Need a new laptop; too many choices!
July 19, 2010 11:26 AM   Subscribe

Hoping to get some input on a new laptop decision – are the ones I’m honing in on good options? What might differentiate them?

My Dell Inspiron just crapped out on me for the last time, so I’ve been exploring my options for a new notebook. After my experiences with the Dell (two keyboard replacements, one fan replacement, one a/c jack replacement, loose/wobbly screen, ridiculous noise levels, etc etc etc) I’m eager to be sure my next machine is at least somewhat durable as well as reliable. Beyond this, as a more-or-less "basic" user (MS Office products, web surfing, video watching – often simultaneously) and occasional gamer (nothing cutting edge – I was playing the original Fallout when my laptop died), I’m interested in getting something reasonably peppy that can handle multi-tasking well and has at least decent graphics and viewing angles ... ideally for less than $900.

Thanks to PC Magazine’s Service & Reliability Survey, and Square Trade’s reliability study, I’m zeroing in on an Asus right now. Looking at Newegg, I’ve found a few that I think look promising (A, B) along with a Toshiba (C)– but I was hoping to get a sanity check from someone more in the know than me. Do the specs on these machines look good for the prices? Is there a better place than Newegg to get a good deal on them? I think I want something with a Core i5 processor in the hopes of keeping it peppy for a long time to come; is the difference between an i3 and i5 enough to really matter? If you, the in-the-know laptop buyer, were to pick between these machines, which one would (or wouldn't) you get?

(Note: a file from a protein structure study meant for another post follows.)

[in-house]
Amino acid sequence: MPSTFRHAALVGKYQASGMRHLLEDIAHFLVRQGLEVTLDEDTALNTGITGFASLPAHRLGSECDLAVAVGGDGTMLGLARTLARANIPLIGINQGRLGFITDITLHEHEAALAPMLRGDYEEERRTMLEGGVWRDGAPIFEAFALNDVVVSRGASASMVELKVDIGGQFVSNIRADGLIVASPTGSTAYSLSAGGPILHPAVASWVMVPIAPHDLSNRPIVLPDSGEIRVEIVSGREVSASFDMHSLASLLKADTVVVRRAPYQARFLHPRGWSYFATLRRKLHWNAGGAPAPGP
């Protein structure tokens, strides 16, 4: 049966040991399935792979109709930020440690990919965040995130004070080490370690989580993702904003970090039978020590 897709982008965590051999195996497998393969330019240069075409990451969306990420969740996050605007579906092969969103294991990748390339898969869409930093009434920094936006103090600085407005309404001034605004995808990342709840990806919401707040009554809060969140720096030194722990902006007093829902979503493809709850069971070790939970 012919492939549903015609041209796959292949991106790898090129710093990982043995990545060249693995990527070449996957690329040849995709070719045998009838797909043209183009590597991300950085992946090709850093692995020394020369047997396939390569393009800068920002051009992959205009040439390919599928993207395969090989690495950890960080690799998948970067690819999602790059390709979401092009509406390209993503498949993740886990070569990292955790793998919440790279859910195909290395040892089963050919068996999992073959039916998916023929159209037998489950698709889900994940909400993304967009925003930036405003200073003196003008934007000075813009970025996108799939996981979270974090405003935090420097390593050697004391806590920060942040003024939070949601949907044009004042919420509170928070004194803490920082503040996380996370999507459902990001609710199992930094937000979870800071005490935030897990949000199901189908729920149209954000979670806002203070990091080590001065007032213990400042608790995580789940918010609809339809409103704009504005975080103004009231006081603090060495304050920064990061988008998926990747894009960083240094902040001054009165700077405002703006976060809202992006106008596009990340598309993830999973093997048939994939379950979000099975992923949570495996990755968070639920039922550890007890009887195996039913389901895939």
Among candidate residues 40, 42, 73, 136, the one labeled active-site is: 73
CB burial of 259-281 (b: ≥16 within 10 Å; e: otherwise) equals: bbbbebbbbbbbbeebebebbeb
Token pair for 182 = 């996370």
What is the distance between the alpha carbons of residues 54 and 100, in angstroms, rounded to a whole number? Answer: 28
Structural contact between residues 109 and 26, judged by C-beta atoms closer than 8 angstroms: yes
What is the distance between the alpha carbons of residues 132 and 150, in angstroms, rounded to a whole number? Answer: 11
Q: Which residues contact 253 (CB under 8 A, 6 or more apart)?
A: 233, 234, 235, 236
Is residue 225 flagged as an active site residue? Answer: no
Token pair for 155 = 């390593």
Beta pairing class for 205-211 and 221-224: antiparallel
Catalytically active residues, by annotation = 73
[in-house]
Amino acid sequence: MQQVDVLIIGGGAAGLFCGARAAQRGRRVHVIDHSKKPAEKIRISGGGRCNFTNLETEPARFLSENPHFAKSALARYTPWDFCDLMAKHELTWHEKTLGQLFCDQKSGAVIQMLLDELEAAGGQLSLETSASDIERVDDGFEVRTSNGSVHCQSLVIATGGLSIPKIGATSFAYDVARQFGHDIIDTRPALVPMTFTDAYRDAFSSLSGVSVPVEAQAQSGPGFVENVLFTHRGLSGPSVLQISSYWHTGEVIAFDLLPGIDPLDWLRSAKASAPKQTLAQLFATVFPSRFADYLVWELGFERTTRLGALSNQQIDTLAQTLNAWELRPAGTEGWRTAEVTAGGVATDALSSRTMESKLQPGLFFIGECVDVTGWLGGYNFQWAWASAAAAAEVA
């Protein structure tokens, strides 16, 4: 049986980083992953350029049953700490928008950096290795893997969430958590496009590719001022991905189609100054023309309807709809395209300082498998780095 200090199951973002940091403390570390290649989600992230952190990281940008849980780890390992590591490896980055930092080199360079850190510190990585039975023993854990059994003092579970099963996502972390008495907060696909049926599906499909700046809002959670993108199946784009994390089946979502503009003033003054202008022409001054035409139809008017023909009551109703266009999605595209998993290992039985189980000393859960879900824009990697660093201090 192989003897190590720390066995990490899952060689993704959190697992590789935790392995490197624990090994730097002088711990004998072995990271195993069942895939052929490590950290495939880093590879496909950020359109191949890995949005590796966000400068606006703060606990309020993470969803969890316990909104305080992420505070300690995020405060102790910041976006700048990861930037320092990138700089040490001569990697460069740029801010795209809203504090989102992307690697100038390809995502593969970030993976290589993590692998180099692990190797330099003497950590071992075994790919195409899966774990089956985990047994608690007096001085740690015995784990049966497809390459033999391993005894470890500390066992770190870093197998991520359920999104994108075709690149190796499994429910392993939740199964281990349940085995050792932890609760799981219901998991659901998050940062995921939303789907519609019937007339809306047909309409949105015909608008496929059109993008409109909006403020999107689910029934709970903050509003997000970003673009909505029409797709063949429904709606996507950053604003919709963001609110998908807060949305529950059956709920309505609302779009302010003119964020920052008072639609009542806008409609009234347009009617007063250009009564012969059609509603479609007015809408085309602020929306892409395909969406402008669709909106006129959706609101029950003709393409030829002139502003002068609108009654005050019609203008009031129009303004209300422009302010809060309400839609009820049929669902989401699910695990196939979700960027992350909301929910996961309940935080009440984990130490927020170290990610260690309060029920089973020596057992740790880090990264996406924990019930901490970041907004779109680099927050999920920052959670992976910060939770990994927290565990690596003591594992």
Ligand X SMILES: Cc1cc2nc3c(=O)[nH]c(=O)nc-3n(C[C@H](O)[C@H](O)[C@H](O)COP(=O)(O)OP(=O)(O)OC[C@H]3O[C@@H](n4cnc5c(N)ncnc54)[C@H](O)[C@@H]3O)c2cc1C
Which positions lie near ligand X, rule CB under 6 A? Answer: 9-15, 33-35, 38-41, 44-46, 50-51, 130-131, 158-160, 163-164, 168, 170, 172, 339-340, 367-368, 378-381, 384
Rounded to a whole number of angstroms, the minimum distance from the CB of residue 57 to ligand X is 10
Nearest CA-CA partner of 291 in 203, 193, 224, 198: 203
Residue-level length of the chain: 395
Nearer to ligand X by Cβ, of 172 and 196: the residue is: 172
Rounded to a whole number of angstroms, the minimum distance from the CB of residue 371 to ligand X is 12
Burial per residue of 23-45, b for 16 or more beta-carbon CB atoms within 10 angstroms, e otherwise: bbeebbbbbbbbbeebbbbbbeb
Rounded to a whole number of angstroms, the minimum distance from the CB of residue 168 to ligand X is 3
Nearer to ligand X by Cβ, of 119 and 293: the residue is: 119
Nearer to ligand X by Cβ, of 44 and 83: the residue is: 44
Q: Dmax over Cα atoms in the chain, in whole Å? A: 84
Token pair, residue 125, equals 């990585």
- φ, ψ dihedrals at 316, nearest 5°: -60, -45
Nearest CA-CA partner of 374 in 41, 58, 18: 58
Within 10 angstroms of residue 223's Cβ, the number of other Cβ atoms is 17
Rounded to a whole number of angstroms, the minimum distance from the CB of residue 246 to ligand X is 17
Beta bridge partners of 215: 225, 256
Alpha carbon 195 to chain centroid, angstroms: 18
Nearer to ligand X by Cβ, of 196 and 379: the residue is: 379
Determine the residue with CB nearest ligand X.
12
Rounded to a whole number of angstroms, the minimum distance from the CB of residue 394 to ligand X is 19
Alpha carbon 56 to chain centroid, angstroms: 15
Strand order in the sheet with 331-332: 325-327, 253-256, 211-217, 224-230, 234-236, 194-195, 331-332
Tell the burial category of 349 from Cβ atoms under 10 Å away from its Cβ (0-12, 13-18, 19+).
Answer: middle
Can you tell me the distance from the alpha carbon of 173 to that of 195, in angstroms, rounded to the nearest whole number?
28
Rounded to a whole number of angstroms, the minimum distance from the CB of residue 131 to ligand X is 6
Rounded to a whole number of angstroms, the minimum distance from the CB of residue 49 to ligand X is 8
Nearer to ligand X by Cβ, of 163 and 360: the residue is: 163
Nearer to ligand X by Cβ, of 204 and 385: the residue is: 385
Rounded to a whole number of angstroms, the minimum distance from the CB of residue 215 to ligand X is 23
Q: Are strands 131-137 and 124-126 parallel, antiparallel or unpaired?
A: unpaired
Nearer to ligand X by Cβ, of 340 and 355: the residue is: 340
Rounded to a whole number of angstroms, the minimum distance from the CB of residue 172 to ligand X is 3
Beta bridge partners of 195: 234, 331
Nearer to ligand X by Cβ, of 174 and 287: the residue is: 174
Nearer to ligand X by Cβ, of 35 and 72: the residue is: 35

Finally, are there other brands I really should consider? I realize that Lenovo ThinkPads are often recommended for durability (and having had a ThinkPad before I wouldn’t disagree!) but it looks like Asus is more budget-friendly; I’ve also been considering the Toshiba Portege R705 (this thing is ridiculously light!) but Asus’ 2-year limited warranty and 1-year accidental damage warranty is making it difficult to pass up.

Thanks in advance for any help you can provide in getting me past this "overwhelmed by options" stage of laptop buying!
posted by DingoMutt to Computers & Internet (5 answers total) 3 users marked this as a favorite
Lenovo!! I just bought a new ThinkPad SL510 (Jan) and I love it. My work requirements are about the same as yours and doing my research beforehand, I can say I have zero regrets buying this delightful machine. Budget friendly too, came in at under $850 with free shipping.